Schematic axial view of prostatic fascial anatomy
The dissection plane will be guided by preoperative data: percentage of total number and length of positive core, data derived from MRI regarding extraprostatic extension, rectal examination, age of the patient and potency prior to surgery (IIEF5 score). We perform an antegrade approach for robot assisted radical prostatectomy (RARP) as previously described by other authors, with an interfascial nerve-sparing [1, 3, 5]. An experience assistant who is capable of aiding in exposure of the dissection planes is essential to successfully completing this step. Maintaining a bloodless surgical field and paying close attention to the prostatic contour will also aid in precise dissection of the bundles.
While maintaining an intact endopelvic fascia (EPF), the third arm robotic grasper retracts both SVs anteriorly while the assistant provides countertraction on the posterior aspect of the bladder wall in order to create vertical tension on the DF. This fascia is then incised horizontally just below its attachment to the posterior aspect of the prostate. The dissection starts medially in the reticular connective tissue underneath and follows the prostatic fascia (above) towards the apex, avoiding cautery in order to prevent rectal injury and preserve the apical neural components. DF is then retracted posteriorly by the assistant using gentle downward pressure and the dissection is extended laterally to the lateral pedicle fat pad proximally and to the vein distally that provides the land mark for the medial border of the NVB. The apical dissection will be continued after releasing NVB bilaterally in order to achieve greater mobility of the prostate and to securely dissect the posterior apex.
Control of the Lateral Pedicle
This is one of the most critical aspects of the procedure, and identification of the lateral edge of the prostate is the key for precise dissection. We begin by incising the EPF on the anterior aspect of the prostate at 2 o’clock on the right and at 10 o’clock on the left, from the puboprostatic ligament distally to the base proximally. We then open the avascular plane between the PF and the LAF on the lateral aspect of the prostate going from the incision towards the external aspect of the NVB. The robotic grasper lifts the prostate ventrally and laterally in the controlateral direction and the assistant gently retracts the bladder in order to stretch the pedicle and facilitating accurate exposure and subsequently division. The division of the pedicle is performed close to the prostate, Hemolock® clips are applied the proximally and the bipolar is used to control back bleeding from the prostate. This meticulous separation is necessary, because there is no clear border between the vessels and neural component.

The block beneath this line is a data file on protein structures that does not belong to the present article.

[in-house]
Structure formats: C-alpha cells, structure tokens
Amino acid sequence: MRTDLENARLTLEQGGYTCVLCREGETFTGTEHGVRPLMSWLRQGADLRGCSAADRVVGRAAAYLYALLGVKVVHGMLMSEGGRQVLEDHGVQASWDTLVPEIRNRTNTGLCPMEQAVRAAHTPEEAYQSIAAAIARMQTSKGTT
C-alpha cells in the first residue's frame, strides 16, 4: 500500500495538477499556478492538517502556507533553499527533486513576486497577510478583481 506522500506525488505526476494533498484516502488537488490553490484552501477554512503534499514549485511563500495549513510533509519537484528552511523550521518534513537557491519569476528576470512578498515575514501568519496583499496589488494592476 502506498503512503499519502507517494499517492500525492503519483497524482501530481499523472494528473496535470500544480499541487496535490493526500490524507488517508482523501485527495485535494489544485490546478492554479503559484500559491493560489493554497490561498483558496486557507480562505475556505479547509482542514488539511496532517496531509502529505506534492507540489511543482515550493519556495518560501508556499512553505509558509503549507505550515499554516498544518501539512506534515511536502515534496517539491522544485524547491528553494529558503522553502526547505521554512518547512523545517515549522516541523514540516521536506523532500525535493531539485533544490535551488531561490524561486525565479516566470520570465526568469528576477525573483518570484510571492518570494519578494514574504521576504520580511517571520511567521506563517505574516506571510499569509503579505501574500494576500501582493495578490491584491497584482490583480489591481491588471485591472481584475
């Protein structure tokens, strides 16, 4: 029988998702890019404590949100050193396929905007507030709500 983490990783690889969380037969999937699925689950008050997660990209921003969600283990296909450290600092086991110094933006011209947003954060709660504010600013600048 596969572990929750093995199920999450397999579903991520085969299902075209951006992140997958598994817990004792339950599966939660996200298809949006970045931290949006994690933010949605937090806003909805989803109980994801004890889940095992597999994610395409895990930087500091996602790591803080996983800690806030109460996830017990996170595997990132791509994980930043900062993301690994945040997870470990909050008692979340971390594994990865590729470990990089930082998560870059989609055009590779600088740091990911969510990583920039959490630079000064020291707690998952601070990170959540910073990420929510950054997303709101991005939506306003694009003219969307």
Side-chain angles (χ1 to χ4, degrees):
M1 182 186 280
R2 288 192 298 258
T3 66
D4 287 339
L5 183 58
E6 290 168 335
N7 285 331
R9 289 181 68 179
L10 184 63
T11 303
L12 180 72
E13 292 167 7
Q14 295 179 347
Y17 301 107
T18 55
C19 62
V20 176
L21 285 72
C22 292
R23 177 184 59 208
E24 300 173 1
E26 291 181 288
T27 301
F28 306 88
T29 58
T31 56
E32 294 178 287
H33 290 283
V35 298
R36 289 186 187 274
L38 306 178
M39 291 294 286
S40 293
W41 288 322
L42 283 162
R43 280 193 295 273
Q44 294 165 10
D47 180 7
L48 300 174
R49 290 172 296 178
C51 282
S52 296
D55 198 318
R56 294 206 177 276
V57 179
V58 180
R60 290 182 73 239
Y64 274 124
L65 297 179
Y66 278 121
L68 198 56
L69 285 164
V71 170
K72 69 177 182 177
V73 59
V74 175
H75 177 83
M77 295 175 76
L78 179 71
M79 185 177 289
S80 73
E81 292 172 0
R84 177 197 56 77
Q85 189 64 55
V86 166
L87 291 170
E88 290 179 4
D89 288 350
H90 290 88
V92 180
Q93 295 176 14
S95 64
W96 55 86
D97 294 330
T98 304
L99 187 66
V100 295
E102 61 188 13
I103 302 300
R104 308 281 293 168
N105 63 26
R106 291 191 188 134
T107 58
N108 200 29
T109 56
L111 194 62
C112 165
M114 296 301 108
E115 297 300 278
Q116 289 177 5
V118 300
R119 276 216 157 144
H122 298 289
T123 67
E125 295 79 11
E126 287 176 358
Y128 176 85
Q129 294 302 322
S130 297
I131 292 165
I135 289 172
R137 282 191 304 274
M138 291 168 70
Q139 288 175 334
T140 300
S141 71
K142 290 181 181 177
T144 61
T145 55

Release of NVB
Once the prostate is freed from the vascular pedicle, it becomes more mobile and can be rotated to expose the triangle containing the NVB (Fig. 64.2). The exposure remains the same as previous step. It is important that the assistant retracts the bladder gently without creating any direct countertraction on the NVB. The interfascial plane is the plane between the NVB and the prostatic fascia. Here, irrigation and suction from the assistant can be useful in identifying the contour of the prostate. It is crucial to remain directly on the surface of prostatic fascia to avoid inadvertent capsular incision. Once this triangle leaves the prostate, the dissection appears very elegant and usually can be performed by gently pushing the prostate away from the NVB. The fixed placement of the robotic grasper is helpful at this point of the procedure preventing excessive traction on the NVB with blunt dissection. Transcapsular vessels are usually found on the way to the apex, they usually can be cut without any coagulation. The subsequent retraction of these small vessels generally stops the bleeding. The procedure is identical on the left side with the exception that the assistant maintains traction on the prostate, and the robotic grasper provides the gentle traction on the bladder. Once the release of the NVB is done laterally, we proceed with the release of the posterior aspect of the apex. This provides a safe landmark for the subsequent division of the urethra. It is important to avoid any electrocautery at the apex due to confluence of the NVB in this region and the adjacent sphincter. Furthermore the bleeding usually stops when the anastomosis is complete.